US-Mexico border detentions top 100,000 for second month in a row

Agence France-Presse

Posted at May 09 2019 07:21 AM

In this file photo taken on June 12, 2018 a two-year-old Honduran asylum seeker cries as her mother is searched and detained near the US-Mexico border in McAllen, Texas. Getty Images photographer John Moore has won the 2019 World Press Photo of the Year award with this photo of the two-year-old Honduran asylum seeker crying as her mother is searched and detained near the US-Mexico border in McAllen. John Moore, Getty Images North America, Agence France-Presse

WASHINGTON - The number of migrants detained entering the United States from Mexico without documents in April topped 100,000 for the second month in a row, US border officials said Wednesday.

"Our apprehension numbers are off the charts compared to recent years," Carla Provost, the chief of the US Border Patrol, told a Senate hearing on border security.

"As of April 30, we apprehended 460,294 people on the southern border," Provost said.

"As of Sunday, only seven months into the (fiscal) year, we have now surpassed the total southwest border apprehensions of every fiscal year since 2009," she said.

In April, 109,144 migrants were apprehended or deemed inadmissible at the US-Mexico border, according to US Customs and Border Protection figures, up from 103,719 in March. In February, the total was 76,534.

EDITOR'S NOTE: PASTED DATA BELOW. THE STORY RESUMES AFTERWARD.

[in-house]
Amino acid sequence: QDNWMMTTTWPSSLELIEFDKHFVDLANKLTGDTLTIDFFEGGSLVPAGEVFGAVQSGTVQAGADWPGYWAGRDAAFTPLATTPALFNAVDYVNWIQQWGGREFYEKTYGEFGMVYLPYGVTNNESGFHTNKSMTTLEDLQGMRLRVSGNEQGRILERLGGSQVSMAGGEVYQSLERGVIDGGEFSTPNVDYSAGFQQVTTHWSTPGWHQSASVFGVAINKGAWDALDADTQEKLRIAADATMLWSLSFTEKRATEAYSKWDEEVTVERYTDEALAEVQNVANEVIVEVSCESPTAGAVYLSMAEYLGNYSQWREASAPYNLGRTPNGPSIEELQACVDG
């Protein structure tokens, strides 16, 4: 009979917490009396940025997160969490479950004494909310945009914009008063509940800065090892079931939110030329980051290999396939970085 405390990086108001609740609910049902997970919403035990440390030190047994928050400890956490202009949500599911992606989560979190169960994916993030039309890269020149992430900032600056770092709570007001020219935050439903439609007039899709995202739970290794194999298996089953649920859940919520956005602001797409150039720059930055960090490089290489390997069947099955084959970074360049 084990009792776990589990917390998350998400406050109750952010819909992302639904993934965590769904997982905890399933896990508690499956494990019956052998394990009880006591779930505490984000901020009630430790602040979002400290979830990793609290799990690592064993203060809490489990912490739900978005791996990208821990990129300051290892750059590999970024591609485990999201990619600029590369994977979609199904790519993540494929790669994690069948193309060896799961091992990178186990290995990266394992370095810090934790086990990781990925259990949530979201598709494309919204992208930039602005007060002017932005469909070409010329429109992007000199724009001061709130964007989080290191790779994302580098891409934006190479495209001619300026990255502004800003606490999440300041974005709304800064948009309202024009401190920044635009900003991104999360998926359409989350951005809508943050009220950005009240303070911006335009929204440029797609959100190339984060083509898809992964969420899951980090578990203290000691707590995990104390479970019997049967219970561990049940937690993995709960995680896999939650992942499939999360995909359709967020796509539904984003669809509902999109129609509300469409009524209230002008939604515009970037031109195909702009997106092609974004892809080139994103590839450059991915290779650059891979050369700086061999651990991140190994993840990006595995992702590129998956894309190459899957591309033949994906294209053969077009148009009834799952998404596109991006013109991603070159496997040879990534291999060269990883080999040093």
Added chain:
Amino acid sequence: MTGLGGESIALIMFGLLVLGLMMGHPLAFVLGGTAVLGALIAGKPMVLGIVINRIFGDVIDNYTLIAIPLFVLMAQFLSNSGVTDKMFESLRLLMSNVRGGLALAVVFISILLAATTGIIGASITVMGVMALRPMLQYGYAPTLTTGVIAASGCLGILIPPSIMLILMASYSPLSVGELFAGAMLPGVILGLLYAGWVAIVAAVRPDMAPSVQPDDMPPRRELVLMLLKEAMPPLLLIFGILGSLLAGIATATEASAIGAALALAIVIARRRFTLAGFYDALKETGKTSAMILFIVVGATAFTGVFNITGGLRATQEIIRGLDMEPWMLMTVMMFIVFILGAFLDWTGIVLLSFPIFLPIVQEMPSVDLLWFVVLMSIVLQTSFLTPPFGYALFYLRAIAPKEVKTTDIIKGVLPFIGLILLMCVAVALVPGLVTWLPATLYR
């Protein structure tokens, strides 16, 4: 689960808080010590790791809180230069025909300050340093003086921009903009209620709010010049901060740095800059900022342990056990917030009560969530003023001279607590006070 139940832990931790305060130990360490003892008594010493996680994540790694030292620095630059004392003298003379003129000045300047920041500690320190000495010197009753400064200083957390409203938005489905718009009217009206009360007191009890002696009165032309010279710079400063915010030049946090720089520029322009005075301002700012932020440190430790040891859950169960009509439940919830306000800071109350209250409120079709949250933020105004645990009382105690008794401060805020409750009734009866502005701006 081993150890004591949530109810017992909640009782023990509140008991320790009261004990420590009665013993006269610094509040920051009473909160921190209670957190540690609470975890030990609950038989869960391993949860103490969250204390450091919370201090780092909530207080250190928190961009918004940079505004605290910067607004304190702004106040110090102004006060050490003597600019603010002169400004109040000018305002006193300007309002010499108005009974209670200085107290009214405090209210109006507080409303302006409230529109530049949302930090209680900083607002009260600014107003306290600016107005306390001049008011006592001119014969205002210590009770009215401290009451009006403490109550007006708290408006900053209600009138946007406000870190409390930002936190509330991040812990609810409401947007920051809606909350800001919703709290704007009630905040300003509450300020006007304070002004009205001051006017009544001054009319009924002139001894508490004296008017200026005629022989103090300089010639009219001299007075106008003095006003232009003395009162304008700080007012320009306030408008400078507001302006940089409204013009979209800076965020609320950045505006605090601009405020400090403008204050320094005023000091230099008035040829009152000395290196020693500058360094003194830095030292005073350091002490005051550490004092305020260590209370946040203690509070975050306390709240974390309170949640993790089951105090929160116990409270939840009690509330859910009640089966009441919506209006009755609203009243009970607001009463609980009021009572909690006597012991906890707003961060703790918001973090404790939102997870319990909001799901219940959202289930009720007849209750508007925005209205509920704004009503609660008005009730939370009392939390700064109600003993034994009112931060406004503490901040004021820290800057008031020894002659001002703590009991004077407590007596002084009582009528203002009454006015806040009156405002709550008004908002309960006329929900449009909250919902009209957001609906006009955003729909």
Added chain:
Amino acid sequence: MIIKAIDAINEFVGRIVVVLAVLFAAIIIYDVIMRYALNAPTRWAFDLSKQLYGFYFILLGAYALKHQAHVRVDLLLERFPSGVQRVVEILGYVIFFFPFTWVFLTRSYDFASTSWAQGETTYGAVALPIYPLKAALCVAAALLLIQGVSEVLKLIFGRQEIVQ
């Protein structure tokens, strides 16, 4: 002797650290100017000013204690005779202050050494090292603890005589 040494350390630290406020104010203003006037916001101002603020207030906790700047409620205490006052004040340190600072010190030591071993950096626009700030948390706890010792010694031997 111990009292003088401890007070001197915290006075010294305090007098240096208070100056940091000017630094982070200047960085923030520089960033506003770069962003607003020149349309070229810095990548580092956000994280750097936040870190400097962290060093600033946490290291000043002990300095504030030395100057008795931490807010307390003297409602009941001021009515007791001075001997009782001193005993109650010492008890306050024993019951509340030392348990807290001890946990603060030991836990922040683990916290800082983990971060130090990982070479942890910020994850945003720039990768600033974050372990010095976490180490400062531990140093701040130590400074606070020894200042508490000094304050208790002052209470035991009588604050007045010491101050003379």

Provost said border officials were picking up increasing numbers of families and unaccompanied children trying to cross into the United States from Mexico.

"The number of family units and unaccompanied children has skyrocketed to 64 percent of southern border apprehensions," she said.

"These populations present significant challenges," the US border chief said.

"For the first time in border control history nearly half the adults we apprehended in April brought children," she said.

"They have received the message loud and clear -- bring a child and you will be released," Provost said.

"Our short-term holding units are beyond capacity," she continued.

"It's like holding a bucket under a faucet," she said of the challenge of securing the border. "It doesn't matter how many buckets you give me if we can't turn off the flow."

President Donald Trump, who made immigration a central theme of his 2016 White House campaign, has expressed frustration over the continuing influx of migrants, most of whom are fleeing endemic poverty and violence in Guatemala, El Salvador and Honduras.

Trump launched a sweeping shakeup last month of the Department of Homeland Security, which oversees border policing activities, and he has deployed thousands of troops to the US-Mexico frontier in a bid to stop the flow.

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